story and photo by James Coburn, Staff Writer
Anthony Walker comes from a family of nurses and keeps family at heart.
“My uncles are nurses, my cousins are nurses,” said Anthony Walker, RN, who serves as an operating room nurse (circulator) at OU Health-Edmond Medical Center.
“I feel a responsibility when I put on a uniform that I’m taking care of someone’s family member. I know what I put into the world will come back karma-wise. If one of my parents were having surgery, I would want the team taking care of my parents,” Walker said. “I know that I can make an impact doing my job to the best of my ability.”
When Walker was in the U.S. Air Force, he recognized he was smart enough to go to college, but he didn’t want a degree for a career he didn’t want. A nursing career appealed to him. He had surgery, himself, while in the Air Force and observed how things were supposed to be done by the nurses. (story continues below)
Walker has spent nine years in the OR since graduating from the nursing program at Rose State College in Midwest City. Rose State College had an awesome team of instructors, he said.
“I hadn’t been to school in 10 years. This time when I went back to school I was focused because I knew what I wanted to do,” he said. “I went back to school when I was 28 and I just had a different mindset. It was the most challenging thing in my lifetime, going to nursing school. It was very tough, a lot of work, but it paid off in the end.”
Walker had an internship when in college at OU Medical Center, located on the campus of the OU Health Sciences Center in Oklahoma City. He joined OU Medical Center in 2019.
“I was fascinated because I didn’t learn too much about operating room nursing when I was in school. But when I did the internship it felt like a different world,” Walker said. “Just taking care of patients in that capacity — that’s what I wanted to do.”
A nursing career is rewarding but is not always like sunshine, he said. So, Walker admires the resiliency and perseverance of his coworkers who rise to the occasion of saving lives and improving healthcare.
The team of nurses understands best practices for patient centered nursing, he said. Everybody has a role to do. Emergency surgeries make predictable days of scheduling a bit different. There are generally three to five surgeries per operating room at the hospital and there are five dedicated operating rooms, Walker said.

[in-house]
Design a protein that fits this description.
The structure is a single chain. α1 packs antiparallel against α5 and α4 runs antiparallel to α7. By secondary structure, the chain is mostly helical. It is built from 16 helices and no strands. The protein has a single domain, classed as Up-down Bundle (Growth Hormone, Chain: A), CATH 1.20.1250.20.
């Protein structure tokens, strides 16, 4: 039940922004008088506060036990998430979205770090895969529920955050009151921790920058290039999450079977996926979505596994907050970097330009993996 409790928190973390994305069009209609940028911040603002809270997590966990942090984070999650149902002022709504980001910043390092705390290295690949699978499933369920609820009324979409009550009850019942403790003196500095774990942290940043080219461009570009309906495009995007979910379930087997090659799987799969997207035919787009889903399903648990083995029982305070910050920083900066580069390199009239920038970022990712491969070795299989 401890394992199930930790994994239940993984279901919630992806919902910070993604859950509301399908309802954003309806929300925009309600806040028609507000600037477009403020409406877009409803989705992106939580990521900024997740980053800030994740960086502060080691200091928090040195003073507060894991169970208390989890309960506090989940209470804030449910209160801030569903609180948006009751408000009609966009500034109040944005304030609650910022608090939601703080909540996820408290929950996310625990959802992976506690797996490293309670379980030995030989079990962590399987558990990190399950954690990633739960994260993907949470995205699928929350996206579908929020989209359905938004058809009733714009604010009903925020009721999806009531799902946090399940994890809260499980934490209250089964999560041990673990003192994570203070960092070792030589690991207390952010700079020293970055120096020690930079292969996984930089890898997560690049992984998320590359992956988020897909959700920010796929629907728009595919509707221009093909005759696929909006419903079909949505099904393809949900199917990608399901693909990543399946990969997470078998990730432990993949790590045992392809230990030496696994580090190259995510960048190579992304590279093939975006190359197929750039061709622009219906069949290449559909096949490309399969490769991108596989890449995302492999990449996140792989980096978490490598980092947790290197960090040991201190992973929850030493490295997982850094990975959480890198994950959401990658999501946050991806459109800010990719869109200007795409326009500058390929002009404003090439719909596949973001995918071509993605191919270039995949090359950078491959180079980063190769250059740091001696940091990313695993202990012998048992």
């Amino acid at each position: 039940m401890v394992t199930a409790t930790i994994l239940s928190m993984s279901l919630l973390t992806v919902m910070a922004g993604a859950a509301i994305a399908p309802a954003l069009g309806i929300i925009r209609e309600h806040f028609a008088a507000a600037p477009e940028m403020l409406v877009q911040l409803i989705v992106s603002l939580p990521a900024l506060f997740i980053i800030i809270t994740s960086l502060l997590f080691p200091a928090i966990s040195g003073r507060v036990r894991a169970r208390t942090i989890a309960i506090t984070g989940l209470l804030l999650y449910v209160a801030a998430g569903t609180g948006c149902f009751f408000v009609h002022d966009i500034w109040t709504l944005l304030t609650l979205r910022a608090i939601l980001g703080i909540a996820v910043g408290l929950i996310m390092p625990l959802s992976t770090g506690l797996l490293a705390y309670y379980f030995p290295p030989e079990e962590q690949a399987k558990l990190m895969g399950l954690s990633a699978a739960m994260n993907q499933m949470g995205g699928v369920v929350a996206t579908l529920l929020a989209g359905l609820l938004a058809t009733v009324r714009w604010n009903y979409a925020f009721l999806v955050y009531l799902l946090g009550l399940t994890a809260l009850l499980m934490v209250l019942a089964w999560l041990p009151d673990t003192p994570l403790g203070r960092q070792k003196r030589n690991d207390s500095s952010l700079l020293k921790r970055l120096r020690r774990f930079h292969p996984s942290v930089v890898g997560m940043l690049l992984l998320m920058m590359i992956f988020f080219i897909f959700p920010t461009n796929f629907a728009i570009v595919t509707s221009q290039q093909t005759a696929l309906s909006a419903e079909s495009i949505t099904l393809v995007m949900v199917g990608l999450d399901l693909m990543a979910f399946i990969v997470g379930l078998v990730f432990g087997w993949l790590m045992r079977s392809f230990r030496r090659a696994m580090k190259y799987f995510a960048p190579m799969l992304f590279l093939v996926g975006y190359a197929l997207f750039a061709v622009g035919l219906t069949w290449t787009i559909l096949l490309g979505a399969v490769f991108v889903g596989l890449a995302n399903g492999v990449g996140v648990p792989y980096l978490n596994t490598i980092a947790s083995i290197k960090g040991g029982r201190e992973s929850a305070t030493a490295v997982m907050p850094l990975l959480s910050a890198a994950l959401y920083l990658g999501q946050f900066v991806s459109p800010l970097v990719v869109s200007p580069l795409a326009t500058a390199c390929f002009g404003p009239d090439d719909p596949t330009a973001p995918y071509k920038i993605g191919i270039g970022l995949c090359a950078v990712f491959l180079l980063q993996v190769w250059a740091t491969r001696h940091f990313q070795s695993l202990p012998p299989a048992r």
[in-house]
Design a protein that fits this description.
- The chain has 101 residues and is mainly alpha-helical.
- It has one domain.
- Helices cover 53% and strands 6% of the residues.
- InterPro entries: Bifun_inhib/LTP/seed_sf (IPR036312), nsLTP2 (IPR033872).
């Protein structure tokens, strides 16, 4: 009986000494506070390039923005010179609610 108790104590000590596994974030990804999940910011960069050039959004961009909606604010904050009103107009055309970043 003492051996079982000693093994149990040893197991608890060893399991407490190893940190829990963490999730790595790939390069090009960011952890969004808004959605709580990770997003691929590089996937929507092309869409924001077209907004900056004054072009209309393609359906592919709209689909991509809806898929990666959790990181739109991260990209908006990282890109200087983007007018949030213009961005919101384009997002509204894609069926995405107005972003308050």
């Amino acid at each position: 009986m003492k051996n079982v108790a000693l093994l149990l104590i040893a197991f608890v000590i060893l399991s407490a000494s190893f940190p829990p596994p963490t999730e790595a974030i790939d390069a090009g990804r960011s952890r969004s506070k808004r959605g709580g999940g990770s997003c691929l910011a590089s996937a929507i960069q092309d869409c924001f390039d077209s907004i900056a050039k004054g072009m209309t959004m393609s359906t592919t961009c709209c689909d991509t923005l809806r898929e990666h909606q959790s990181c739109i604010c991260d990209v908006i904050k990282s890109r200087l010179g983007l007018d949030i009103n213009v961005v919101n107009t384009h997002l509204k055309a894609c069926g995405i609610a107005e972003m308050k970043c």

Part of Walker’s role is to interview patients prior to surgery. He must ascertain that they had nothing to eat on the day of surgery. Patients are also asked why they are having surgery and if they have questions. Walker will mark the body area a surgeon will work on.
“I found over nine years, for me, the best thing to say is, ‘You’ve got a great team taking care of you,’” Walker said. “And once they hear that, I see their eyes light up and they know they’re in good hands. It just takes off all the pressure knowing there’s a great team taking care of them. It’s not our first time doing this. We’re doing this every week, and you want a professional team taking care of you.”
He enjoys the times when patients will write thank you notes to the nursing staff. There was a patient who had just gotten out of surgery and was recovering from the effects of anesthesia.
“She thanked me because she was nervous about having the surgery. She thanked me personally, saying I calmed her down until she felt comfortable having the surgery by the words I said to her,” Walker said. “She just thanked me for it.”
But Walker and the other nurses do not rest on their laurels. OU Health-Edmond Medical Center provides health streams for continuing education. In-service meetings take place to introduce additional medical equipment with a representative to demonstrate how it works and to answer questions. Walker takes notes on his phone.
“I’m a visual guy, so I need to see it,” he said. “So, that’s how we keep up-to-date.”
He recommends OU Health-Edmond Medical Center because he knows what goes on there behind the scenes.
“It’s kind of like if I was a chef. Behind the scenes you’re in the kitchen. Whoever is in the kitchen behind the scenes you see food prepared to make sure it’s safe,” he said. “I know the team here. We do everything to the best of our ability to make sure the patients are safe. I feel comfortable.
It makes him feel part of a community, that he is part of a team and not just one person,” he said.
At home, he is dedicated to caring for his 13-month-old baby girl named Aalune-Noi.
“Just taking care of her brings me joy after a hard day at work.”
For more information about OU Health-Edmond Medical Center, visit: